But all-in-all, I am glad we made the move. Paul is really enjoying his job - he has really grown into it and has made it his own. I had the wonderful opportunity to teach at the Sydney Conservatorium of Music this past term, but I am still looking for full-time work (anybody in Sydney need a musicologist??). Nonetheless, know that I am fortunate to have this time with my boys (even if they seriously try my patience every day).

Today also marks four weeks until my parents arrive in Sydney to spend the Christmas and New Year holidays with us. We are all looking forward to it - we are going to chop down a tree, have Christmas on the beach, and spend lots of time just being together.

Here's to the next six months.

Tuesday, November 6, 2012

6 November 2012: two races that will stop two nations

On Tuesday, 6 November all eyes in the US and Australia will focus on a race that will likely come down to the wire. In the US, that race is the Presidential Election. In Australia, it is the Melbourne Cup.

A horse race dating back to 1861, the Melbourne Cup is now one of the most important events on the Melbourne social calendar. Anybody who is anybody will be there, dressed to the nines - with the focus on the women's hats. In the state of Victoria, Melbourne Cup Day is a public holiday - no work, no school. Across the rest of Australia, people often wear fancy dress to work and have a small party at race time.

I know we are talking about politics vs. horse racing, but the two are not as different as you might think.
  • The participants in both have been preparing months - if not years - for this single day.
  • The jockeys and the presidential candidates are the "front men" for their respective teams/political parties.
  • Both races are marred by controversy. In the Melbourne Cup, one of the jockeys is under investigation for betting on another horse and jockey in 2010. In the US presidential race, controversy is the name of the game.
  • The amount of money spent by those involved is obscene - a few days ago, it was reported that the presidential candidates have spent $1 BILLION on a million advertisements (most of them negative); last year, Australians bet more than $140 million on a race that only lasts 4 minutes. As Sarah McKenzie points out, "To put this in perspective, Austrlia's total funding in response to the East Africa Food Crisis, in which over 13 million people are at risk, currently sits at $128 million."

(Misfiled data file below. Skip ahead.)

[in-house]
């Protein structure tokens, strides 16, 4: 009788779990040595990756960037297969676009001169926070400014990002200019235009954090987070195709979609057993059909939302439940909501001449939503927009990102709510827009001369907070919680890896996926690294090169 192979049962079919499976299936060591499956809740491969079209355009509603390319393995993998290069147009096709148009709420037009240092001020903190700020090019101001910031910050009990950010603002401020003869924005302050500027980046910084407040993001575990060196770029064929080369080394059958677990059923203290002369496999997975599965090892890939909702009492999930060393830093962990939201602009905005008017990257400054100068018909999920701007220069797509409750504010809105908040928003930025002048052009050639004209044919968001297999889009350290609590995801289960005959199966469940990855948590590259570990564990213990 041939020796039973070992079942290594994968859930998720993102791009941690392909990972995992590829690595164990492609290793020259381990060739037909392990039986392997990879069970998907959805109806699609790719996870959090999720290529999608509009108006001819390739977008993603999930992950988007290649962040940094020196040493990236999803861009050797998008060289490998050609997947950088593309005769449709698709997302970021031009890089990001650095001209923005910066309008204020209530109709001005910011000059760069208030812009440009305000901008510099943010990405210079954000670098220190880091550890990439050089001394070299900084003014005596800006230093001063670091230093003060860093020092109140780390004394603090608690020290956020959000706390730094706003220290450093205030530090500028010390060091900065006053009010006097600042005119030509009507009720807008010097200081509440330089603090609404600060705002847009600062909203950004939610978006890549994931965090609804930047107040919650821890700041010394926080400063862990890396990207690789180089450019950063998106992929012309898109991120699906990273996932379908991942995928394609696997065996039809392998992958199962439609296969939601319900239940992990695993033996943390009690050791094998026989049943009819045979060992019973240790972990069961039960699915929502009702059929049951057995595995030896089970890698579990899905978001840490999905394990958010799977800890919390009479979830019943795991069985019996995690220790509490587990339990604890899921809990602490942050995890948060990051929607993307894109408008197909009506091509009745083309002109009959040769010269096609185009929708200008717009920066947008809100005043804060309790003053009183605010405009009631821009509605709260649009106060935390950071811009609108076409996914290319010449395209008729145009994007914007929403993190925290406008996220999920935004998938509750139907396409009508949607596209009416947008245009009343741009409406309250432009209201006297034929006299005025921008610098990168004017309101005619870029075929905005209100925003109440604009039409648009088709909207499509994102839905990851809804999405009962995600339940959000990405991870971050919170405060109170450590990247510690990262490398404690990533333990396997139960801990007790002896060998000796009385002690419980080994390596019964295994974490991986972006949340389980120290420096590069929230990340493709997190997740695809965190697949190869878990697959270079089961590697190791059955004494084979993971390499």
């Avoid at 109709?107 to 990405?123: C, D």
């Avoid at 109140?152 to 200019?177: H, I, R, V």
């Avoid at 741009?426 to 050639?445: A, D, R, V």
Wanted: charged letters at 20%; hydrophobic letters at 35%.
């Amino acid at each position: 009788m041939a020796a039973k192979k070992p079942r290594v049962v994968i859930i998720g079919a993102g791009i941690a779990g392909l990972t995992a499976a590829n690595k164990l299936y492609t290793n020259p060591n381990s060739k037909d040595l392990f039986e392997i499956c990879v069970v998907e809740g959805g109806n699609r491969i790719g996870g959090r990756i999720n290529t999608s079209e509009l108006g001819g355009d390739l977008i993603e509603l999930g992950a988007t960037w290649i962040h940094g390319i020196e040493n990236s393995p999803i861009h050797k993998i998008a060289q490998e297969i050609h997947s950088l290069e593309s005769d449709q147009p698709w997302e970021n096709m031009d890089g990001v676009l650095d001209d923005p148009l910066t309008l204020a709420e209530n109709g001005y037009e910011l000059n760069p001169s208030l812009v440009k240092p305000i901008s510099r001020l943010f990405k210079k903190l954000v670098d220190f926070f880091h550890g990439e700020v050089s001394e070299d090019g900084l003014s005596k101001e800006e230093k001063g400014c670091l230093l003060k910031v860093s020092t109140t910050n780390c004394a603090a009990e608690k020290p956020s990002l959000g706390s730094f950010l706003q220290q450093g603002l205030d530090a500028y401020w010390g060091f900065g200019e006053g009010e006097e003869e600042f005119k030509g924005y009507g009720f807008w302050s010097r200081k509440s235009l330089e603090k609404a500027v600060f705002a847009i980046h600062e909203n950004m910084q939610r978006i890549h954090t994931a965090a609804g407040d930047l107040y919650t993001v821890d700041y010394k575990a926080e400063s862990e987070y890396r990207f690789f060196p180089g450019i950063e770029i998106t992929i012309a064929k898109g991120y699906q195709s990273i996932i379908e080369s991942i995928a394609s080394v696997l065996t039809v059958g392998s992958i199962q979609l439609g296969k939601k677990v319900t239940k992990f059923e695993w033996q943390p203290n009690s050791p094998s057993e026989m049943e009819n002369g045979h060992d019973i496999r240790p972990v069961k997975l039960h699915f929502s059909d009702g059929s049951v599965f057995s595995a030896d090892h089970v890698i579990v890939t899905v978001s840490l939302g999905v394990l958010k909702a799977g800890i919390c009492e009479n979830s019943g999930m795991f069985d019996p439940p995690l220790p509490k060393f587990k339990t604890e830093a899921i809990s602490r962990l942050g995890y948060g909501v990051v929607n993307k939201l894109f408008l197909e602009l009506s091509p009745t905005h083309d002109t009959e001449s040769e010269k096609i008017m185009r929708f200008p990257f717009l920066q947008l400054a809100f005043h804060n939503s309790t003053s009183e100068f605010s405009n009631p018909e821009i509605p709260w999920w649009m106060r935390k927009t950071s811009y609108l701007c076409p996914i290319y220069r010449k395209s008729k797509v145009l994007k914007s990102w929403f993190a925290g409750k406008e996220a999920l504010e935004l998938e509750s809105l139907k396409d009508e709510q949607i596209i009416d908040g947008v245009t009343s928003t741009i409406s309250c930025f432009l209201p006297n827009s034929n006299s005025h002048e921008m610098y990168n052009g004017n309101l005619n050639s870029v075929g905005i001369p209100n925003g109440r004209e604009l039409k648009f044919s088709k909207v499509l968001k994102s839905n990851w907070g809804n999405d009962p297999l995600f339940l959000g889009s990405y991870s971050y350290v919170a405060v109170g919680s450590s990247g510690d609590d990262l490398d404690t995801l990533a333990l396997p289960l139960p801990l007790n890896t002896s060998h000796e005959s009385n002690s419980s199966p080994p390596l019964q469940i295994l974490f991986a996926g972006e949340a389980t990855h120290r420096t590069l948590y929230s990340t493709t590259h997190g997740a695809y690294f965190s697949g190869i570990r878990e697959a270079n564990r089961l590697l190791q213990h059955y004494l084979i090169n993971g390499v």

Of course, there are also similarities that are far more shallow. For example, all fashion eyes have been and will be focussing on what the women wear.

Nicole Kidman at Derby Day in Melbourne over the weekend (photo:  Getty Images)
First Lady Michelle Obama at the DNC (photo:
Mrs. Obama and Mrs. Romney and the fashion faux pas at the Presidential Debate (photo:
And you have to admit that the names of this years' presidential candidates are unique (I'll bet George Washington never thought we'd be voting on guys named Barack and Mitt) - not unlike the names of the horses in this year's Melbourne Cup field: Dunaden, Jakkalberry, Voila Ici, Zabellionaire, and My Quest for Peace. (I don't think the Romneys have a horse in the Melbourne Cup - that would be way too much excitement in the Romney house - or is that houses?? - for one day!)

Betting on the outcome of the US presidential election is illegal in the United States. But not in Australia. Right now, one Australian betting website has the odds in favor of the Democrats: an Obama win pays $1.22, while a Romney win will pay out $4.33. In the other race, Dunaden is the odds-on favorite for the Melbourne cup.

The second favorite to win is Americain.

How apropos.